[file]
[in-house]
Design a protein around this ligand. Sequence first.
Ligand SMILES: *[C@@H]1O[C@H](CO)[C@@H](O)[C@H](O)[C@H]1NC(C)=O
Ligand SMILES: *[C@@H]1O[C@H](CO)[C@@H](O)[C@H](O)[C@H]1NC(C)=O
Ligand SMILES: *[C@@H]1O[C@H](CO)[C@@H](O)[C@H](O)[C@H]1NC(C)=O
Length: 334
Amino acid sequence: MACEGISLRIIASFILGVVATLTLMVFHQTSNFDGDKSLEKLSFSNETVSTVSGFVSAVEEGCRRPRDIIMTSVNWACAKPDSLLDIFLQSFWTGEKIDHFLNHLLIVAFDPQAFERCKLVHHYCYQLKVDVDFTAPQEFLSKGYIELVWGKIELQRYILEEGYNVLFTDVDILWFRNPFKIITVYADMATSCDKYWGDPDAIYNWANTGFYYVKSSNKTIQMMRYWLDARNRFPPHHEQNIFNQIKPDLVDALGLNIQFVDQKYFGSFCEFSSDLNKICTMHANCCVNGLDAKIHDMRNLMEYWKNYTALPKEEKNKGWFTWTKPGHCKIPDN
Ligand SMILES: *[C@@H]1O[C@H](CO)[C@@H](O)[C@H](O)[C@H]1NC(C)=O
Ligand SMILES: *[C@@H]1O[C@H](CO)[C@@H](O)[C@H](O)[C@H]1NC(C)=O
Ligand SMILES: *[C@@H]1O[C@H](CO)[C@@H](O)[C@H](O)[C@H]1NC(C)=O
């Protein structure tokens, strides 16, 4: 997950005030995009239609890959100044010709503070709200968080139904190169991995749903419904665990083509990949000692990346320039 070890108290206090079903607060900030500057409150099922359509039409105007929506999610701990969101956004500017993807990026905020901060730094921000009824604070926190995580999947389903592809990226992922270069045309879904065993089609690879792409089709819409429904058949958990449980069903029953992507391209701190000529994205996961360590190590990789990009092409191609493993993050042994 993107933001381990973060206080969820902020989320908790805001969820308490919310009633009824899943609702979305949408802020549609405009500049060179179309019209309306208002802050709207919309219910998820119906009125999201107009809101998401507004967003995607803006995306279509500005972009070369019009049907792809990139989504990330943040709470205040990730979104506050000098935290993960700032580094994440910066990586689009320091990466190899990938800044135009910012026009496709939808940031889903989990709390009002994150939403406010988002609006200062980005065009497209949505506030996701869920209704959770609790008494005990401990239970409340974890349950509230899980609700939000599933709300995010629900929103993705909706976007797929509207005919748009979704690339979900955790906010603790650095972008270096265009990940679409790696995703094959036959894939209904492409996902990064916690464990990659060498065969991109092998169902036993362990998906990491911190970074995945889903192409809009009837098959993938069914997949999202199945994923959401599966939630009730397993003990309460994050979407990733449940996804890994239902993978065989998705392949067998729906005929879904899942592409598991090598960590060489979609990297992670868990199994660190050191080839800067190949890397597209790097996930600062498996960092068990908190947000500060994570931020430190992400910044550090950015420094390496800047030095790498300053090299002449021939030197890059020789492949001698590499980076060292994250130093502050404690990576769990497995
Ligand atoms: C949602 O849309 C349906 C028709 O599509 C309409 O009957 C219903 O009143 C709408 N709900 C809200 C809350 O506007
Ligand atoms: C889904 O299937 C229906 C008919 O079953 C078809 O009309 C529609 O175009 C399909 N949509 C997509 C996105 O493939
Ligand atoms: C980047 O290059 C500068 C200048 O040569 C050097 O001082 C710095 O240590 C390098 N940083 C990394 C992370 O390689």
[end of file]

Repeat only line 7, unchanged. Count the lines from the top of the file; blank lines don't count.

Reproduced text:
Amino acid sequence: MACEGISLRIIASFILGVVATLTLMVFHQTSNFDGDKSLEKLSFSNETVSTVSGFVSAVEEGCRRPRDIIMTSVNWACAKPDSLLDIFLQSFWTGEKIDHFLNHLLIVAFDPQAFERCKLVHHYCYQLKVDVDFTAPQEFLSKGYIELVWGKIELQRYILEEGYNVLFTDVDILWFRNPFKIITVYADMATSCDKYWGDPDAIYNWANTGFYYVKSSNKTIQMMRYWLDARNRFPPHHEQNIFNQIKPDLVDALGLNIQFVDQKYFGSFCEFSSDLNKICTMHANCCVNGLDAKIHDMRNLMEYWKNYTALPKEEKNKGWFTWTKPGHCKIPDN